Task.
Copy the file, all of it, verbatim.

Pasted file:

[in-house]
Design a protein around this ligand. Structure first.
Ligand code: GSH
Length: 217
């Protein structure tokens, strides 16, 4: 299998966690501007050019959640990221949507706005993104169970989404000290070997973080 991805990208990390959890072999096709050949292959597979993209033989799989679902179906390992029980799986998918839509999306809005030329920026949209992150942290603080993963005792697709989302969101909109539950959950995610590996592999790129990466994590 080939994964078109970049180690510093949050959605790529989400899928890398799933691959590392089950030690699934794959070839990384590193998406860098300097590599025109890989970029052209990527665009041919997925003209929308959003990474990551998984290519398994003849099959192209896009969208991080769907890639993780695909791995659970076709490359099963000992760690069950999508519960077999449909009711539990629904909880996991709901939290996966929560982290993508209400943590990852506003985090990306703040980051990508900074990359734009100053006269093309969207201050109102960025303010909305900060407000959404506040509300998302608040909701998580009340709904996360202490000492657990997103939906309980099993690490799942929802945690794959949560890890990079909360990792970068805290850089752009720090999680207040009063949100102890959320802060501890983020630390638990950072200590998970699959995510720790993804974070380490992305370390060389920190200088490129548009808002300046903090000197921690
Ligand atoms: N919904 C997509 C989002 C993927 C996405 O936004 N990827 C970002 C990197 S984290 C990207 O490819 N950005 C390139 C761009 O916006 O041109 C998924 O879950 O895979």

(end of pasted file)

[in-house]
Design a protein around this ligand. Structure first.
Ligand code: GSH
Length: 217
């Protein structure tokens, strides 16, 4: 299998966690501007050019959640990221949507706005993104169970989404000290070997973080 991805990208990390959890072999096709050949292959597979993209033989799989679902179906390992029980799986998918839509999306809005030329920026949209992150942290603080993963005792697709989302969101909109539950959950995610590996592999790129990466994590 080939994964078109970049180690510093949050959605790529989400899928890398799933691959590392089950030690699934794959070839990384590193998406860098300097590599025109890989970029052209990527665009041919997925003209929308959003990474990551998984290519398994003849099959192209896009969208991080769907890639993780695909791995659970076709490359099963000992760690069950999508519960077999449909009711539990629904909880996991709901939290996966929560982290993508209400943590990852506003985090990306703040980051990508900074990359734009100053006269093309969207201050109102960025303010909305900060407000959404506040509300998302608040909701998580009340709904996360202490000492657990997103939906309980099993690490799942929802945690794959949560890890990079909360990792970068805290850089752009720090999680207040009063949100102890959320802060501890983020630390638990950072200590998970699959995510720790993804974070380490992305370390060389920190200088490129548009808002300046903090000197921690
Ligand atoms: N919904 C997509 C989002 C993927 C996405 O936004 N990827 C970002 C990197 S984290 C990207 O490819 N950005 C390139 C761009 O916006 O041109 C998924 O879950 O895979």